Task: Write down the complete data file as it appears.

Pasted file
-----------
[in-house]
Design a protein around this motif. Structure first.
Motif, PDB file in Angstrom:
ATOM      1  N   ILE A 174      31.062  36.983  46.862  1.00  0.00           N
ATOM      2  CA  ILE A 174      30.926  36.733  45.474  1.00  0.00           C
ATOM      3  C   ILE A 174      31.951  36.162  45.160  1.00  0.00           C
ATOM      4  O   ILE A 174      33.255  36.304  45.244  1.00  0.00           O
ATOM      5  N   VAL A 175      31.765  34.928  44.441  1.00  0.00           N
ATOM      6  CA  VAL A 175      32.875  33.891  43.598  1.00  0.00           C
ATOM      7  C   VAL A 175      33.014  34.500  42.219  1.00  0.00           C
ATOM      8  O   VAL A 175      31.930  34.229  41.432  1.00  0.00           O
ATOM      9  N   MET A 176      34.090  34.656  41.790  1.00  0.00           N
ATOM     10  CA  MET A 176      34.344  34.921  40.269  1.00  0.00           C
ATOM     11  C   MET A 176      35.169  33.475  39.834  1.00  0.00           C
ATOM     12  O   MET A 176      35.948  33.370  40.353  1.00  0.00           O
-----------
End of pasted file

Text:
[in-house]
Design a protein around this motif. Structure first.
Motif, PDB file in Angstrom:
ATOM      1  N   ILE A 174      31.062  36.983  46.862  1.00  0.00           N
ATOM      2  CA  ILE A 174      30.926  36.733  45.474  1.00  0.00           C
ATOM      3  C   ILE A 174      31.951  36.162  45.160  1.00  0.00           C
ATOM      4  O   ILE A 174      33.255  36.304  45.244  1.00  0.00           O
ATOM      5  N   VAL A 175      31.765  34.928  44.441  1.00  0.00           N
ATOM      6  CA  VAL A 175      32.875  33.891  43.598  1.00  0.00           C
ATOM      7  C   VAL A 175      33.014  34.500  42.219  1.00  0.00           C
ATOM      8  O   VAL A 175      31.930  34.229  41.432  1.00  0.00           O
ATOM      9  N   MET A 176      34.090  34.656  41.790  1.00  0.00           N
ATOM     10  CA  MET A 176      34.344  34.921  40.269  1.00  0.00           C
ATOM     11  C   MET A 176      35.169  33.475  39.834  1.00  0.00           C
ATOM     12  O   MET A 176      35.948  33.370  40.353  1.00  0.00           O